5 ways to help communicate hospital changes

With change, confusion and mixed messages about the Affordable Care Act bombarding consumers, it's important that hospital executives carefully communicate how their organizations will take on the challenges and uncertainty of healthcare reform.

To help hospital leaders communicate their organizations' brands and images moving forward, here are five tips that Ross K. Goldberg, president of Kevin Ross Public Relations offered in Becker's Hospital Review:

  1. Talk to your staff first. Don't let your employees, medical staff, volunteers and board members find out about hospital news on the Internet or daily newspapers. Communicating the message to your employees first will help you build credibility and trust, Goldberg said. In return, employees are more likely to support the changes and help the organization deliver a positive patient experience that will help it stand out in the market. 
  2. Help people undertand why you are making the changes. Explain in simple terms why the hospital is making the change, he suggested. Once you make a compelling case and people seem to understand and accept the change, talk about the specifics: the who, what, when and how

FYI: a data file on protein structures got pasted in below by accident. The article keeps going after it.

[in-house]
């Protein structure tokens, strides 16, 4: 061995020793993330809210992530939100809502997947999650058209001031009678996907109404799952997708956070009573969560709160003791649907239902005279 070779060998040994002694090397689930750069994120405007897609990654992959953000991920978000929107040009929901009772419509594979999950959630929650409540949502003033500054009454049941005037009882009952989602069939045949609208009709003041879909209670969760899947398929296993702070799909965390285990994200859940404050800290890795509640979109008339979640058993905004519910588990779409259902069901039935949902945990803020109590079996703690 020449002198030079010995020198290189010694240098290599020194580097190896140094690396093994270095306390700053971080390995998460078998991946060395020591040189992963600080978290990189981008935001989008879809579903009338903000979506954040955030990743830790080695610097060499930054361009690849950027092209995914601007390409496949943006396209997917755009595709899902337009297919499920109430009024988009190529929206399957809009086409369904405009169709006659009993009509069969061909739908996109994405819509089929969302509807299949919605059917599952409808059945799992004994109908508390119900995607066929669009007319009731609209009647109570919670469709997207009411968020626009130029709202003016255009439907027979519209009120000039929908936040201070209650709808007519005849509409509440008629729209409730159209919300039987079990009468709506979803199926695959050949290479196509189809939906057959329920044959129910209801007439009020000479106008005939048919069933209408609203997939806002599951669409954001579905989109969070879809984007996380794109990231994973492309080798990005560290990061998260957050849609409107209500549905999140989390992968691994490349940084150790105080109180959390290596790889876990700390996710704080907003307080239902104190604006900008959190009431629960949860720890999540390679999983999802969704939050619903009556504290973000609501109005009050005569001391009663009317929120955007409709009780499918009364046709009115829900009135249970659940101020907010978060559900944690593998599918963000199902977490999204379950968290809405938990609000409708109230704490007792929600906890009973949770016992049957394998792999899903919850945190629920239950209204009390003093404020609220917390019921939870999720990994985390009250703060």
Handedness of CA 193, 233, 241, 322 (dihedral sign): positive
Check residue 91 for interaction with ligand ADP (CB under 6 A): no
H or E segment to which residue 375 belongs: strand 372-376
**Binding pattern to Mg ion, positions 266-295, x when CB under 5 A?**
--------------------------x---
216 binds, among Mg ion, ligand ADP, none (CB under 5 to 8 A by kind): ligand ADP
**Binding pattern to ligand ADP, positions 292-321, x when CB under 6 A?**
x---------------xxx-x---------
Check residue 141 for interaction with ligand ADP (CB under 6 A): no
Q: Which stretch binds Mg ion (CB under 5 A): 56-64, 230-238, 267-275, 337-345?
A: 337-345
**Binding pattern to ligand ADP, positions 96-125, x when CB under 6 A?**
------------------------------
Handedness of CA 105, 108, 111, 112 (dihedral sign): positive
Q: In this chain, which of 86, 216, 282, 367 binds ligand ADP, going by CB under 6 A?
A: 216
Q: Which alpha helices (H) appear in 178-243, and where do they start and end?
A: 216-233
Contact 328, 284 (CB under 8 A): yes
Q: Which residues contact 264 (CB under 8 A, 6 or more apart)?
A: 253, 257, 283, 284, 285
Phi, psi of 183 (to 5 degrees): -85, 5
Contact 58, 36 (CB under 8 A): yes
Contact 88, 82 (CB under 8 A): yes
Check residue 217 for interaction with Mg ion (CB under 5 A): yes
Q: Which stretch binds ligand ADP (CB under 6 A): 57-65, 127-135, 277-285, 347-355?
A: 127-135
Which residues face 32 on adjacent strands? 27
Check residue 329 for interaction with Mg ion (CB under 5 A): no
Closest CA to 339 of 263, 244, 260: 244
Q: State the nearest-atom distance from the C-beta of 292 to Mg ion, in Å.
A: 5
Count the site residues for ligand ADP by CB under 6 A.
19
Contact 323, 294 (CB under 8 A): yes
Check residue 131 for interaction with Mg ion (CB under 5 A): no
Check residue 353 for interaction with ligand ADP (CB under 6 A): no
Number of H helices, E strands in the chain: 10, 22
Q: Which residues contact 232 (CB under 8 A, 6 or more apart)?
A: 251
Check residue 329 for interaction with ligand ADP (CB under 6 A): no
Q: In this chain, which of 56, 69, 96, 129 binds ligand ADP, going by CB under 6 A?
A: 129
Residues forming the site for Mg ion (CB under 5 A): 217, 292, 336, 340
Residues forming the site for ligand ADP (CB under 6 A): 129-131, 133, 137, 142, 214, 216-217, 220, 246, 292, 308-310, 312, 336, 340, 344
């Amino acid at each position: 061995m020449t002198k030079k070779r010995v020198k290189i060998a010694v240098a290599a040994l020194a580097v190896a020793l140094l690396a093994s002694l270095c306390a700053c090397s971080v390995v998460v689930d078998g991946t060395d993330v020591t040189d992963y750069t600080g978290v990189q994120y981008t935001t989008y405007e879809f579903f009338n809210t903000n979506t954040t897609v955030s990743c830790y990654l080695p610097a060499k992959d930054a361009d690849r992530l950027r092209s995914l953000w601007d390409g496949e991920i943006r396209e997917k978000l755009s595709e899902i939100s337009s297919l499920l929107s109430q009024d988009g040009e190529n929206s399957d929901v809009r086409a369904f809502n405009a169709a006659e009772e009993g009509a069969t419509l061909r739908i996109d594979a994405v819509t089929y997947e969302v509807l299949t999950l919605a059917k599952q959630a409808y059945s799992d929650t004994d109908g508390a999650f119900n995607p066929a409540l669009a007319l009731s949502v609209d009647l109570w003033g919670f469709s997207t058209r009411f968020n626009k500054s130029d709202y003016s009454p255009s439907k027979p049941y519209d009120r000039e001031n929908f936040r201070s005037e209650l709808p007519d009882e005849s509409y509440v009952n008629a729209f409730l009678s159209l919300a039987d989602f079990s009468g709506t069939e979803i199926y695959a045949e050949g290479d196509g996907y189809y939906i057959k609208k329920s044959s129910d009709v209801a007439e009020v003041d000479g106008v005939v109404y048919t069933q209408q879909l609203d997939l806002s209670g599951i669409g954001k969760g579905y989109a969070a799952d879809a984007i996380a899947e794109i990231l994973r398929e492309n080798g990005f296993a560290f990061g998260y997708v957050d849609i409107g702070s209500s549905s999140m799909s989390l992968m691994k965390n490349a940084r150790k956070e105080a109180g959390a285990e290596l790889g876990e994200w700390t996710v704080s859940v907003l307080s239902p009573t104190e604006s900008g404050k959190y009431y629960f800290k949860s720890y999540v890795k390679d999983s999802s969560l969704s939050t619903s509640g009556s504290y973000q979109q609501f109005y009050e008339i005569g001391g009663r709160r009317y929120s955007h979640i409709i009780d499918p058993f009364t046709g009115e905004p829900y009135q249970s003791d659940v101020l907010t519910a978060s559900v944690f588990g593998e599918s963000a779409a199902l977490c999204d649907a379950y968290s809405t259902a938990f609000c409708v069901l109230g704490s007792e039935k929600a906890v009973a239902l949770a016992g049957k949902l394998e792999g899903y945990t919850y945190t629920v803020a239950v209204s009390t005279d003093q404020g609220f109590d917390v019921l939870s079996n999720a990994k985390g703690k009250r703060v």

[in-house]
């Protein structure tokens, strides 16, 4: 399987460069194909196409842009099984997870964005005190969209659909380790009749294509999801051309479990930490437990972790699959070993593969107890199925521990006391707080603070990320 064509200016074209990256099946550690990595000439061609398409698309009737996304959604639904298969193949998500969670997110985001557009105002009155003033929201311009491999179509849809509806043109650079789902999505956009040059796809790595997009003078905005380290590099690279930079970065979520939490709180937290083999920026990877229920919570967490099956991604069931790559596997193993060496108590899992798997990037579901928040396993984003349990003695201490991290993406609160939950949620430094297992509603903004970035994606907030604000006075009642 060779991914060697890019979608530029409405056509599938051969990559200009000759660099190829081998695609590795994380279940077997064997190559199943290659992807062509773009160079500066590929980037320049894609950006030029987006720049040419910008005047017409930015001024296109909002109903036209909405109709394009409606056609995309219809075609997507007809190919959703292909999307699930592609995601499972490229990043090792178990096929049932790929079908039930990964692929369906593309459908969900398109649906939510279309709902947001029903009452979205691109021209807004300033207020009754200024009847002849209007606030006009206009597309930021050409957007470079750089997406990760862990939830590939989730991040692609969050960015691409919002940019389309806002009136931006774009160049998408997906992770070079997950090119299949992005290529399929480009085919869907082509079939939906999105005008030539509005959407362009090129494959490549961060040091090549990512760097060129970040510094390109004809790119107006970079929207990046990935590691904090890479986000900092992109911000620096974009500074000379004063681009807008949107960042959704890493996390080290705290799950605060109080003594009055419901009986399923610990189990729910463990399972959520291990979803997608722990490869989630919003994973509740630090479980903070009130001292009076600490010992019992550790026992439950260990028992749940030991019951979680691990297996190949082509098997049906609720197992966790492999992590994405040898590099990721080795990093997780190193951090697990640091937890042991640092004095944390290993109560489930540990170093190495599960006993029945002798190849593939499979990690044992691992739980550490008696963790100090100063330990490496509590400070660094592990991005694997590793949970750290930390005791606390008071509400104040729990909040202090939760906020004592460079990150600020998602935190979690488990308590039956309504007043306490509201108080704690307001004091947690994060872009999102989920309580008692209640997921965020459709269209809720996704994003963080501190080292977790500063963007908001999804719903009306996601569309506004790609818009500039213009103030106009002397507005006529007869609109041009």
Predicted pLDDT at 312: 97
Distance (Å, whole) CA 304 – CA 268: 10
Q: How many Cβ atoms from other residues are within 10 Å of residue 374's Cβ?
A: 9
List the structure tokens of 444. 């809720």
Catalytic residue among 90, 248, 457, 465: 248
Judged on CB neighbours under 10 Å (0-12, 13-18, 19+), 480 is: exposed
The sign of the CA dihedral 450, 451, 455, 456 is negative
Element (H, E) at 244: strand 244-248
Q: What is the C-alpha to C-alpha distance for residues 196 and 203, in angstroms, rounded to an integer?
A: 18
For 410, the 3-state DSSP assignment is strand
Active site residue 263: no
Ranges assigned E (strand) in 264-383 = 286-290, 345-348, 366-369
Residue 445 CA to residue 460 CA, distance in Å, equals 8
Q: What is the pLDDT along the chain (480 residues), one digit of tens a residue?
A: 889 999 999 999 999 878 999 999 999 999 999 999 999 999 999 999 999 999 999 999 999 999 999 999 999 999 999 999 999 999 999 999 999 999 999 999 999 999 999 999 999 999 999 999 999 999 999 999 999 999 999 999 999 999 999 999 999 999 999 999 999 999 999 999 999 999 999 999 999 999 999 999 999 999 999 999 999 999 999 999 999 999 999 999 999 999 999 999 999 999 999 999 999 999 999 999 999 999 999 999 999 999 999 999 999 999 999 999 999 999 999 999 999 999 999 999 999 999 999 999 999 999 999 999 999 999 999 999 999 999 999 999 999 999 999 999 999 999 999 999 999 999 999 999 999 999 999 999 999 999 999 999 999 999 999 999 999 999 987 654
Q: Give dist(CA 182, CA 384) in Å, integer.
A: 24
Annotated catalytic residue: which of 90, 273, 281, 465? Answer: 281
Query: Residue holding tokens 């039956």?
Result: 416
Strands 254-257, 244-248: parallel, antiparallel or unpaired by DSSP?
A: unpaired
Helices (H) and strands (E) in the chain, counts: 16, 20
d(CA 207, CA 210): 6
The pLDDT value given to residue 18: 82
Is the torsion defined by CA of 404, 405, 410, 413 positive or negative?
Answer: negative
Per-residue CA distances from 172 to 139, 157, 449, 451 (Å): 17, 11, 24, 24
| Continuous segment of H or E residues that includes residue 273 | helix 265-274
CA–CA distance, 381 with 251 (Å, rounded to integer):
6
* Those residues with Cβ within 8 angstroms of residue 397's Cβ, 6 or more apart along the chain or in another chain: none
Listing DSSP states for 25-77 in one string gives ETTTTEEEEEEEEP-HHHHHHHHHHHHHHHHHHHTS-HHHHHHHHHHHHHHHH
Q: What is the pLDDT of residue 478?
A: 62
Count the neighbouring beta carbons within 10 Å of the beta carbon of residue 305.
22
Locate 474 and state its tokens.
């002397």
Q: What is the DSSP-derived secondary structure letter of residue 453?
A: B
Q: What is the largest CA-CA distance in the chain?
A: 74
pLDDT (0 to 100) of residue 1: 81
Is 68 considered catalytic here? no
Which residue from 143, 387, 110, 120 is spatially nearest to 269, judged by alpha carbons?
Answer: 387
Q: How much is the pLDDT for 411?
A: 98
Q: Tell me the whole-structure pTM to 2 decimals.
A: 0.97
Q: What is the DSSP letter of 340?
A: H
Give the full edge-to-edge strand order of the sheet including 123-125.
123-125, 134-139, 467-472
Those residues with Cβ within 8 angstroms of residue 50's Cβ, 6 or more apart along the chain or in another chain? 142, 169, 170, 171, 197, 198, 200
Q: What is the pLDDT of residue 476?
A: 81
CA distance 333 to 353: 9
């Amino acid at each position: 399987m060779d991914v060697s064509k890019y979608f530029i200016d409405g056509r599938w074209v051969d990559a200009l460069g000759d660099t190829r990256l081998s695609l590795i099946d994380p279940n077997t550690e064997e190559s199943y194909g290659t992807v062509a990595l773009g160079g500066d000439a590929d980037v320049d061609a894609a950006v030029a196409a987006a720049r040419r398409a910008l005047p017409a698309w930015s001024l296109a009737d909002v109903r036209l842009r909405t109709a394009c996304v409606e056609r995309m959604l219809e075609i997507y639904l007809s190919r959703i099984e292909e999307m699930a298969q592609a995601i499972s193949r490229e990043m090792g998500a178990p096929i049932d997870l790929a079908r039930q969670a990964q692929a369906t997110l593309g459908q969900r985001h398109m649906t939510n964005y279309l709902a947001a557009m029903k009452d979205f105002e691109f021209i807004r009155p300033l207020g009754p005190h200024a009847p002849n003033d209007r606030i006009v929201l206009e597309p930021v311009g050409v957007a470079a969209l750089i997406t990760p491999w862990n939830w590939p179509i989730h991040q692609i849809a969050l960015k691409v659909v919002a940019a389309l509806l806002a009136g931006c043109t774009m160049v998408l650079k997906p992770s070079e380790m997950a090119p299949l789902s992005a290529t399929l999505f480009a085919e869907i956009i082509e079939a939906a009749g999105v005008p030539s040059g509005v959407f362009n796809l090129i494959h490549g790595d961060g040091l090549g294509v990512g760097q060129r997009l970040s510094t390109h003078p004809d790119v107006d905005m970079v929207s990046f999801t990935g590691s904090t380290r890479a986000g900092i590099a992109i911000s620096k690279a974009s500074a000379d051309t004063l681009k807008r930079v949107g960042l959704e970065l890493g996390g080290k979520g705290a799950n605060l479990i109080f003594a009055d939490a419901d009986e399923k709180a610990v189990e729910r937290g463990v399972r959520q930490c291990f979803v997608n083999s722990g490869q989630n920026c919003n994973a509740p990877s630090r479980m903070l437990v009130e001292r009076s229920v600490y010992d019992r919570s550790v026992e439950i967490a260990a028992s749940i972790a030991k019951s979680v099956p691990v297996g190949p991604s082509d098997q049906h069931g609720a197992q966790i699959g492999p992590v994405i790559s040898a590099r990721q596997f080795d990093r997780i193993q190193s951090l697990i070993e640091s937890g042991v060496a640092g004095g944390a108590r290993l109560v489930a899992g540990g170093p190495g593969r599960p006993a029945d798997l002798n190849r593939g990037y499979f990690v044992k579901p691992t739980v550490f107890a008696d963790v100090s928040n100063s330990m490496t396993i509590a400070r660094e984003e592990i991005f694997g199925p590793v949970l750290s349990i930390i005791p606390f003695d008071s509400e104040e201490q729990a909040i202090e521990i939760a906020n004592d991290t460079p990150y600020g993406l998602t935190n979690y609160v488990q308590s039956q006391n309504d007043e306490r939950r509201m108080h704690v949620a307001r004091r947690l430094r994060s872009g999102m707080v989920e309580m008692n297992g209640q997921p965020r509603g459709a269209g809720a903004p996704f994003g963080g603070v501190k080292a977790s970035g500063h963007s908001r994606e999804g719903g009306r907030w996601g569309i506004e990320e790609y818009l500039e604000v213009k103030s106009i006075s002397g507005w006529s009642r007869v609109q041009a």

3. Frame the changes in a larger context. Explain how the changes fit in to the larger picture of what is happening in the healthcare industry. 
  4. Restate your message again and again. Repitition is key, Goldberg said. Provide frequent updates and developments to all stakeholders. Give people a chance to ask questions and answer them. A two-way conversation is one of the best ways to help the public, employees, staff and volunteers feel invested in and supportive of the change.
  5. Don't deviate from your brand. A brand is more than a slogan, according to Goldberg. It is a promise that the organization makes to its customers, business partners and employees. Make sure your messages about the changes ahead build upon the hospital's brand.

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